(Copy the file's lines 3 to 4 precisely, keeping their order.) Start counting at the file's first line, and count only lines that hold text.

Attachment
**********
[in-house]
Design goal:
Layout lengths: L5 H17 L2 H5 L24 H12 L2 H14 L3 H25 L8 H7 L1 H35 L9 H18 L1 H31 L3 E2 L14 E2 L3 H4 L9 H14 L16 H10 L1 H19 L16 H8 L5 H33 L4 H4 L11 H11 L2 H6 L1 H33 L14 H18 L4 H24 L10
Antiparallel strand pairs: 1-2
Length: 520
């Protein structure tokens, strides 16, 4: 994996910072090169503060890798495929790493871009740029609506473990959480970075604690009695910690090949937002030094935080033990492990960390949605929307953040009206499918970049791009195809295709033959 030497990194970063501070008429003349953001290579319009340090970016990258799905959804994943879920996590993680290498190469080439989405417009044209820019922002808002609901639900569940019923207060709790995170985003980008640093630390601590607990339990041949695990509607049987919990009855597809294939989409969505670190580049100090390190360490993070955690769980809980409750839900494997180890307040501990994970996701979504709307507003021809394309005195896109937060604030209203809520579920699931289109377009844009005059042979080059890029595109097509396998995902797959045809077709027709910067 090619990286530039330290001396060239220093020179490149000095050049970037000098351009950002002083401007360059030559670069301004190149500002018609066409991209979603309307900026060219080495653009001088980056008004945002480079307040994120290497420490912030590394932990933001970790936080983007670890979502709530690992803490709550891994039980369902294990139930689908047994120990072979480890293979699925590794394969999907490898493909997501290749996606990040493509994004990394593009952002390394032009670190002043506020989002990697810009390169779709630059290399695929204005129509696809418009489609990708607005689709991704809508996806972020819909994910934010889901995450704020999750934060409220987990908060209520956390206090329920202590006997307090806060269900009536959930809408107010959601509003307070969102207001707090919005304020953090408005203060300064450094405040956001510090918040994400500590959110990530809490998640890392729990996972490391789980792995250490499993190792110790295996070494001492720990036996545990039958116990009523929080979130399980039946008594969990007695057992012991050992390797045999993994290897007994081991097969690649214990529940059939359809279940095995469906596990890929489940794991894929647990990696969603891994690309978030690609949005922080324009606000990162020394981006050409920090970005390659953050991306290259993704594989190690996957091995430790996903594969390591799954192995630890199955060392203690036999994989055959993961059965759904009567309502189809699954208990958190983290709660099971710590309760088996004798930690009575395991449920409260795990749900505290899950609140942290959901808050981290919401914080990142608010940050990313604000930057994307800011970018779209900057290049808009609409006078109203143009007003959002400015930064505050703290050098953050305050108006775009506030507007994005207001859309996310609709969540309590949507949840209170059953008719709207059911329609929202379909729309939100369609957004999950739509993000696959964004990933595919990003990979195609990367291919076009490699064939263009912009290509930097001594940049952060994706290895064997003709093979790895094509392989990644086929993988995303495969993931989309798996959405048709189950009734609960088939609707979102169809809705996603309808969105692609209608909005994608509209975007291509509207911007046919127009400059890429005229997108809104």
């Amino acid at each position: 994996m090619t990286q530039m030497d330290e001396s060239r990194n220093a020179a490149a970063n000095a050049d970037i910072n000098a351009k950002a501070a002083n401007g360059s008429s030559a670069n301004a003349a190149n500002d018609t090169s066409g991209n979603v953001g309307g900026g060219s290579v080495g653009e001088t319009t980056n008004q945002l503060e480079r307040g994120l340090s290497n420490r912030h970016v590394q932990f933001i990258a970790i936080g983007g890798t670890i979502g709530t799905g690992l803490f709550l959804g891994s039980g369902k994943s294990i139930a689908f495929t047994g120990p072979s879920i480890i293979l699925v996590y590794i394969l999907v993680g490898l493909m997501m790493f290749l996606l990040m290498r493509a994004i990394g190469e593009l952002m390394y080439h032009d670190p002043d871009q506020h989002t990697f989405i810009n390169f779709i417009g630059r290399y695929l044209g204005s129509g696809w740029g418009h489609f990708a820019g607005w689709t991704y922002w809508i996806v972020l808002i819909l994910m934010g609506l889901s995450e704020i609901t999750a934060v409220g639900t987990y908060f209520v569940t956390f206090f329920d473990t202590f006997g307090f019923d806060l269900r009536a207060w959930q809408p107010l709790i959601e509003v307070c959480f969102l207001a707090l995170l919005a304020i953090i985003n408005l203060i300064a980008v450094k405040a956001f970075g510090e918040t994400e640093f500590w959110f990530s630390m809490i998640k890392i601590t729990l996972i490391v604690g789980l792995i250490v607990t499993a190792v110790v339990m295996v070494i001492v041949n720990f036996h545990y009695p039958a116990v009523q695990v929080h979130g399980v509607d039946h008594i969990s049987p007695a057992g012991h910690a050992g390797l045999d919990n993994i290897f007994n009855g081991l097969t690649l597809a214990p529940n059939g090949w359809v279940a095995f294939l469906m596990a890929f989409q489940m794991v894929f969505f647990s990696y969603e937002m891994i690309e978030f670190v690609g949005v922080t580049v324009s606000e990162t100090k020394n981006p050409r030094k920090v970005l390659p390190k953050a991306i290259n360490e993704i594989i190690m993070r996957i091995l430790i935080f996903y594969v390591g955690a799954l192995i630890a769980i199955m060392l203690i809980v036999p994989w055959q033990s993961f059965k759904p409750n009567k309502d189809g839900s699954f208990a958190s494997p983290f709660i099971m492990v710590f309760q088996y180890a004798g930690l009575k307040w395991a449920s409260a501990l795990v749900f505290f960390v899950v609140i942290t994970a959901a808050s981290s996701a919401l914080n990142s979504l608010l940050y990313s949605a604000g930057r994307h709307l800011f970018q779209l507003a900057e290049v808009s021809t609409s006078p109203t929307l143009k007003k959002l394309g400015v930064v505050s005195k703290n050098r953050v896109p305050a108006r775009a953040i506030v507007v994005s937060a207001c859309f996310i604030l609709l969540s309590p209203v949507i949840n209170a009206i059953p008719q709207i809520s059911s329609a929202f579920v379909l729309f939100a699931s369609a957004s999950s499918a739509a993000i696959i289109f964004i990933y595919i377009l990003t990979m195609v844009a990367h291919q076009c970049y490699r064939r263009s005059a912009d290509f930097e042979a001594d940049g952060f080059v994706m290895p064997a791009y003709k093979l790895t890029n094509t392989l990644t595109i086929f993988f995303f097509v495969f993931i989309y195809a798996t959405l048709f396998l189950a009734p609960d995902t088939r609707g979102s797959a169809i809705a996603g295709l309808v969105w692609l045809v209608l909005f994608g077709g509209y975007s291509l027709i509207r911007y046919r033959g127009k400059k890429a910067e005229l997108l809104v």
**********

Layout lengths: L5 H17 L2 H5 L24 H12 L2 H14 L3 H25 L8 H7 L1 H35 L9 H18 L1 H31 L3 E2 L14 E2 L3 H4 L9 H14 L16 H10 L1 H19 L16 H8 L5 H33 L4 H4 L11 H11 L2 H6 L1 H33 L14 H18 L4 H24 L10
Antiparallel strand pairs: 1-2